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Blog Alert! Updated Work Visa for China Regulations

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Alert! Updated Work Visa for China Regulations

by Bobby Lee | 03 January 2017


Obtaining a work visa for China can be a notoriously difficult path to navigate, and your safest option would be to work through an immigration expert. Immigration procedures in large part, are carried out at a local level and each locality has a unique structure and procedure, although it is generally the same procedure throughout China. This means that expats who apply for a work permit in China will need to fulfil different requirements depending on where they'll be working.

After entering the country with a Z visa issued at the Embassy or Consulate in your home country, expats must apply for work and residence permits within 30 days after entering China. Keep in mind that you will have to complete a Temporary Residence Registration Form and produce your passport at a Public Security Bureau (PSB) within 24 hours of arriving in China. In this blog we look at the updated details for a work visa in China.


Work permits for China

Each Chinese work permit case is unique and there’s no real “blueprint” for procedures as there are differences between each city’s immigration and labour processes. There are, however, a few standard requirements that expat employees will have to fulfil:

  • A Z visa is required prior to arrival in China and has to be obtained from your country of origin
  • The work permit application has to be sponsored by a locally registered company in China, which will have to provide you with an employment contract and official invitation letter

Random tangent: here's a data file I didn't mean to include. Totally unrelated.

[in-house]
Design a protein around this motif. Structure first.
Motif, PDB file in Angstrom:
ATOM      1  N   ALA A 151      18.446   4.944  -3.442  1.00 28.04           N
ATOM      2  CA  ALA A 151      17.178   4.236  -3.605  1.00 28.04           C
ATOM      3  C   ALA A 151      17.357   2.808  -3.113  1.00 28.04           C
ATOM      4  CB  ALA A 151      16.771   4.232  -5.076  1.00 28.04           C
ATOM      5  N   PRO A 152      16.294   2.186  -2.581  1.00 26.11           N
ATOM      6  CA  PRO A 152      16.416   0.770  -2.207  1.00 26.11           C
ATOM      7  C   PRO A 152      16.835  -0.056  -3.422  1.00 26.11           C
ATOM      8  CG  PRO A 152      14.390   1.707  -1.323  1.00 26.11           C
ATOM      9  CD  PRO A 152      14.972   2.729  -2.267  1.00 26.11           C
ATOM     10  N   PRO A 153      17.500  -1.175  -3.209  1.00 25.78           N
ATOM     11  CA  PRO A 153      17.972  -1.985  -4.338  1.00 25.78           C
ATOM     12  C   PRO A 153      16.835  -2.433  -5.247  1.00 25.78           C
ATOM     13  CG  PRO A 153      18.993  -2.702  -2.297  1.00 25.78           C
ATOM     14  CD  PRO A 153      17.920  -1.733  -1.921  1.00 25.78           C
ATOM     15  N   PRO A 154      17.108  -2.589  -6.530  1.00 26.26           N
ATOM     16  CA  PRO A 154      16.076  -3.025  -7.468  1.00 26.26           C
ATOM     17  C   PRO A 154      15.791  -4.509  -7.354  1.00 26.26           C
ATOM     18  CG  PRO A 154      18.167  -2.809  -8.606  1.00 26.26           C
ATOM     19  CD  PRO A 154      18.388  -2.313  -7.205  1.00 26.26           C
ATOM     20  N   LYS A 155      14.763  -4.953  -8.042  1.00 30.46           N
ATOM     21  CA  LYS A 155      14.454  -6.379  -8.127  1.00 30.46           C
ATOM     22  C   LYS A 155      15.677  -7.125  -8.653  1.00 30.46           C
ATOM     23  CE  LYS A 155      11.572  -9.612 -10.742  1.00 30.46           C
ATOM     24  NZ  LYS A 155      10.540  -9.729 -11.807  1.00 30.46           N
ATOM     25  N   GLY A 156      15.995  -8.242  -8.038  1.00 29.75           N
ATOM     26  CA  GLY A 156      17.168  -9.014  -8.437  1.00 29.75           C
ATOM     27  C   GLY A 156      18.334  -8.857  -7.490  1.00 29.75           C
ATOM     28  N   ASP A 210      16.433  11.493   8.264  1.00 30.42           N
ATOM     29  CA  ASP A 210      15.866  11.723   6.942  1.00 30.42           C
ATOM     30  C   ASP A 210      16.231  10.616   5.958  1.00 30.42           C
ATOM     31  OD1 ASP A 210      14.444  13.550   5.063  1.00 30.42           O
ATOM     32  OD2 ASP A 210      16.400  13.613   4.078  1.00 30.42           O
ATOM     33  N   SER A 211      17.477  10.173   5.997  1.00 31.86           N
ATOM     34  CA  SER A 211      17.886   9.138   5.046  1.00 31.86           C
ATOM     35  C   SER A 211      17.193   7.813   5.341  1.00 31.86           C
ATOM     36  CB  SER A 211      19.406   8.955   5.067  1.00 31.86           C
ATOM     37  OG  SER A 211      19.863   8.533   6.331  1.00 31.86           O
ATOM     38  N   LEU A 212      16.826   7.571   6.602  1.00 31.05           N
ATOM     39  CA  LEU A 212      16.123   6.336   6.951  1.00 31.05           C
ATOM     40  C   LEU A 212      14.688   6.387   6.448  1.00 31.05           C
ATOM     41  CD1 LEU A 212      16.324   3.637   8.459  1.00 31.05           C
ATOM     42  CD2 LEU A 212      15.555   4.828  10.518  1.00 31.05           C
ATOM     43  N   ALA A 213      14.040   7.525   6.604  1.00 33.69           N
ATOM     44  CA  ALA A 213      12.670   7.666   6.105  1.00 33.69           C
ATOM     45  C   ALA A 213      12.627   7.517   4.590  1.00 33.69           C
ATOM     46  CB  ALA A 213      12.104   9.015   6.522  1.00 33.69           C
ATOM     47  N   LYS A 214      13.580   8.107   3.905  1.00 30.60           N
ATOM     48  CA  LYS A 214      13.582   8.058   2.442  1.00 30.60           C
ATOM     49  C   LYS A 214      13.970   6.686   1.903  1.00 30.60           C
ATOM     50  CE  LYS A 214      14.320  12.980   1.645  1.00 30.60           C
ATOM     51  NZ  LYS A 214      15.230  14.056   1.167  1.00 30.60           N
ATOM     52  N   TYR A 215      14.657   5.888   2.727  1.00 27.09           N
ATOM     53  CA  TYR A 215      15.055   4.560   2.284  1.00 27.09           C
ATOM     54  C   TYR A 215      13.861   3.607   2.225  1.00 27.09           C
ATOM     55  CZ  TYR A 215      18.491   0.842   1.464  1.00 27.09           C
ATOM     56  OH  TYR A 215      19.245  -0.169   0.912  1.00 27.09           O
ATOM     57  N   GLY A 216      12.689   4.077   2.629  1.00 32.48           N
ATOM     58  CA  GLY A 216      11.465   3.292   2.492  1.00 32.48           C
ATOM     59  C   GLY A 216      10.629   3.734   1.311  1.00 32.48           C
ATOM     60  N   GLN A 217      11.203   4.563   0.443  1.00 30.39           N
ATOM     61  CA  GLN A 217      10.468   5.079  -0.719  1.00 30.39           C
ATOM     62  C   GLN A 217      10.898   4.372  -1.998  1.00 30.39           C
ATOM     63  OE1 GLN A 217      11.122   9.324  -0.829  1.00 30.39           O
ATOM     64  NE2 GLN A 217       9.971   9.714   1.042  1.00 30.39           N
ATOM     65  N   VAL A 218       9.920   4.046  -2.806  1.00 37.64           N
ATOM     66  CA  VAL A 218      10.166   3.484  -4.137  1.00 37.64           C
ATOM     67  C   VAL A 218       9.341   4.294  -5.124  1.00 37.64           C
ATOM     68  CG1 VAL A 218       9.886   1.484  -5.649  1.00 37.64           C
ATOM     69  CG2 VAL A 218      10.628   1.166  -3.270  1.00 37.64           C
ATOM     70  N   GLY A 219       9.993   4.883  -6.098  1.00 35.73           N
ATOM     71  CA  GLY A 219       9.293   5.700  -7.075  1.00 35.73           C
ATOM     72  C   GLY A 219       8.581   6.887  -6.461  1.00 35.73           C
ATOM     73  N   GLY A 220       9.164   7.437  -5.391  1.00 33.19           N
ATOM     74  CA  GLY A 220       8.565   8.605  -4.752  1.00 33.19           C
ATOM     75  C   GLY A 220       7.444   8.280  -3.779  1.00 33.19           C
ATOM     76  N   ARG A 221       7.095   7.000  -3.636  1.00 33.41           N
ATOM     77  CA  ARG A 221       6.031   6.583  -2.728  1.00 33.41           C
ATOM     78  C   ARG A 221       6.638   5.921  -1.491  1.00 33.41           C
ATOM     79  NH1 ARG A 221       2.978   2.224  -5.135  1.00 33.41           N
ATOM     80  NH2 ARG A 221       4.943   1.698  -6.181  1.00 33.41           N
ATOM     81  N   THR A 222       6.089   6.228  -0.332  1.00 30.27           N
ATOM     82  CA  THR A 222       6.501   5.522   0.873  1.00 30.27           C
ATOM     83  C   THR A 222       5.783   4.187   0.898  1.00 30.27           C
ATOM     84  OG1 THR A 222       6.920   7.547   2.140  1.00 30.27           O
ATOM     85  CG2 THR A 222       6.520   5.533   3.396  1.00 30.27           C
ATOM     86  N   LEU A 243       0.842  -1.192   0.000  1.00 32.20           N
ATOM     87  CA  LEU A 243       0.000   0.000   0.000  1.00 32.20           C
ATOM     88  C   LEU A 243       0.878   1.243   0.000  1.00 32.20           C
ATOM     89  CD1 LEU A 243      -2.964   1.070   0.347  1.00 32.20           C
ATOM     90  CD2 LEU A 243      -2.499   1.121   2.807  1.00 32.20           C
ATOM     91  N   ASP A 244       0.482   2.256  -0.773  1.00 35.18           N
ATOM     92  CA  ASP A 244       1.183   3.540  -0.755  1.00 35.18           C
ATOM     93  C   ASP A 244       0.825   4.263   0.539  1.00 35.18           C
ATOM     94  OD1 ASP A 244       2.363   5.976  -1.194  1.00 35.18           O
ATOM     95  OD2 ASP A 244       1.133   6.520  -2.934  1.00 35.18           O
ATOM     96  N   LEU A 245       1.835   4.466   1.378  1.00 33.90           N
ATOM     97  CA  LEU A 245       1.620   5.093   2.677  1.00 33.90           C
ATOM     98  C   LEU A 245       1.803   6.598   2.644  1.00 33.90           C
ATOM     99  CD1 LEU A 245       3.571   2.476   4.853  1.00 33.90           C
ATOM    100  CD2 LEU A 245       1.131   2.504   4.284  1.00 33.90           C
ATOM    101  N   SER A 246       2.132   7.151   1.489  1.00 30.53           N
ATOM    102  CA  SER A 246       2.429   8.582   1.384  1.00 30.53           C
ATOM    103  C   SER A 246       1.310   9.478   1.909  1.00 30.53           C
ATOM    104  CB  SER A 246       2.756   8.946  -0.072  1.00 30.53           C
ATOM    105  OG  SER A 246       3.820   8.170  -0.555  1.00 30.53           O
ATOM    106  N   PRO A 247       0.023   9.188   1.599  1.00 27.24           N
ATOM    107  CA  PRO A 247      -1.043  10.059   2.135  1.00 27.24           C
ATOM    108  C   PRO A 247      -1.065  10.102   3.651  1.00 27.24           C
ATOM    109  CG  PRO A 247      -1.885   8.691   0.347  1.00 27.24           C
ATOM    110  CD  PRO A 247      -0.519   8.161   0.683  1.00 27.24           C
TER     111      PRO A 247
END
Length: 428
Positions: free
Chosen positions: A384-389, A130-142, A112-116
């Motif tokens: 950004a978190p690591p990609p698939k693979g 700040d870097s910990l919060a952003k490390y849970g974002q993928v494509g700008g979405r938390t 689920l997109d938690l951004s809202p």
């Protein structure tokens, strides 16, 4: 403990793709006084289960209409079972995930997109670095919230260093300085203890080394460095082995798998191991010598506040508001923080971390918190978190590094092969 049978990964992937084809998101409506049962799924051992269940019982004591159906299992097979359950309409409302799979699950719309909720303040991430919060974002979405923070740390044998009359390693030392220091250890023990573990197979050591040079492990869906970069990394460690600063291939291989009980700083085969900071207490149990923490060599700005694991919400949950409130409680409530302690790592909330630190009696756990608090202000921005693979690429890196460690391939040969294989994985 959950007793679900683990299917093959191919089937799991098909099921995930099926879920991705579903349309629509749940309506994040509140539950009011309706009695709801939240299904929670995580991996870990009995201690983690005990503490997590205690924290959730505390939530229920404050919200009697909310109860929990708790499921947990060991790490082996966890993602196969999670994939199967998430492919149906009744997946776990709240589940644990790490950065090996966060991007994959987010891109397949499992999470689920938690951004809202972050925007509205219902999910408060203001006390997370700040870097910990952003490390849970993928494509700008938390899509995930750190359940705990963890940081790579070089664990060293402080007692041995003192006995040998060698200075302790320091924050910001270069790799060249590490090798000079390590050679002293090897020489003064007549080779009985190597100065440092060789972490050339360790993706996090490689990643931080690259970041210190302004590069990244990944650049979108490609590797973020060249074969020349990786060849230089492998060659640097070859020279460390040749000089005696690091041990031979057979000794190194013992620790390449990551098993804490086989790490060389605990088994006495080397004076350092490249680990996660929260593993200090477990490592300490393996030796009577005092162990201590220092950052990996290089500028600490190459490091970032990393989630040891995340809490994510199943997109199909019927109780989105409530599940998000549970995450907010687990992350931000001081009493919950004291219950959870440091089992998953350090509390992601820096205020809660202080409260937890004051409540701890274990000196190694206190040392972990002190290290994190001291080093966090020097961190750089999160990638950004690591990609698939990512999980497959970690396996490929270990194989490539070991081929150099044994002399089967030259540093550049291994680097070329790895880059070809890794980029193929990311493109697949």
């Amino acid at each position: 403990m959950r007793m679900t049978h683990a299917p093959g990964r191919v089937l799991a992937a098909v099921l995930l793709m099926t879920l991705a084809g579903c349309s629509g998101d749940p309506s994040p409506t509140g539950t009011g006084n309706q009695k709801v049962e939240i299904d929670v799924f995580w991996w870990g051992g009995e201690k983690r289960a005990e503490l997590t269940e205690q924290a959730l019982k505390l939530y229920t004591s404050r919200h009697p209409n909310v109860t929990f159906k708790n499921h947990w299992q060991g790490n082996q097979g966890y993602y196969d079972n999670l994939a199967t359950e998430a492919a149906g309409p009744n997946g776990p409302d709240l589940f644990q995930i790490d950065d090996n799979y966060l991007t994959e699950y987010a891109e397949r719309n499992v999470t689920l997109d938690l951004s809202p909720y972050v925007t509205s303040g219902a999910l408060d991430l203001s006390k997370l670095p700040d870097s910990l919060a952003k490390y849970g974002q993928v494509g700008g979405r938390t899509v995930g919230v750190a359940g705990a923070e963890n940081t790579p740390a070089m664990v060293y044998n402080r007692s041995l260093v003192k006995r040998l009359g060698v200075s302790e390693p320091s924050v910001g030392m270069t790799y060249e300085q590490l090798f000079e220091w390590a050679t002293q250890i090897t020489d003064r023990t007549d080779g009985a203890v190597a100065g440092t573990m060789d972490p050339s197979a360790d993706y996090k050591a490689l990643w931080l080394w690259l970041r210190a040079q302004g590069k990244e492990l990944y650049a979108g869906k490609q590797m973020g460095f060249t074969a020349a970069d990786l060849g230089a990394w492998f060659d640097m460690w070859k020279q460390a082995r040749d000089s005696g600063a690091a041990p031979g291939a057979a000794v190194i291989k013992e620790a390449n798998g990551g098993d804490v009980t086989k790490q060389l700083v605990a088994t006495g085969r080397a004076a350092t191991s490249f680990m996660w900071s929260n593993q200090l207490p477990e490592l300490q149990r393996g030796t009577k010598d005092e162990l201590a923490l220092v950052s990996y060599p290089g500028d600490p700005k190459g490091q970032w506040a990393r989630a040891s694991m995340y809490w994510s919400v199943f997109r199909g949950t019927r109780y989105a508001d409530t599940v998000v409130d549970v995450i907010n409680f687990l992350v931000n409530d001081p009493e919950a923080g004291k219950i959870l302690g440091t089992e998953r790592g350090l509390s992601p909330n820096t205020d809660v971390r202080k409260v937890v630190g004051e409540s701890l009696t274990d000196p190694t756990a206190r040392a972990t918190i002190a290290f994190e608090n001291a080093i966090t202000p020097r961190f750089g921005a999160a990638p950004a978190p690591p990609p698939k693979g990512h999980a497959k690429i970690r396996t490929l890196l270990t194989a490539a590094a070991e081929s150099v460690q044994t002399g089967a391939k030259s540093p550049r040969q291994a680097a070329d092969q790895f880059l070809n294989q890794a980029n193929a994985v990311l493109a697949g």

• Expats will need to live and work in the same location as their sponsoring company
  • medical examination is required once in China

The employee will go for a medical examination at an authorised hospital in China, where they will take a blood sample, scan for TB, perform an ECG and even send you for a dental check up. A report must be signed by the doctor and stamped with the hospital’s seal and after about a week you will be issued with a little blue book of health. The hospitals are well aware of the procedure and will guide you through the process one step at a time, however, we would recommend having a translator of sorts with you when going for your check up.


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Cities such as Beijing, also require foreign employees to have a non-criminal record check attested by Chinese authorities. In Shanghai, foreign nationals can have their medical examination after they get their Z visa and work permit, but in Shenzhen for example this has to happen before you can proceed with your Z visa application.

The medical report will be attached to an employment licence application, which is often submitted by the Chinese employer to their local labour bureau, this is highly recommended as you wouldn’t know where to start and it can be very confusing and frustrating to figure out.

Once an employment licence is approved and granted, the company requests a Z visa invitation from their local Foreign Economic and Trade Commission. These are forwarded to you, where you will then go to  apply for a Z visa at the Chinese embassy or consulate in your home country. Once you arrive in China, you will need to apply for a work permit at the local labour bureau.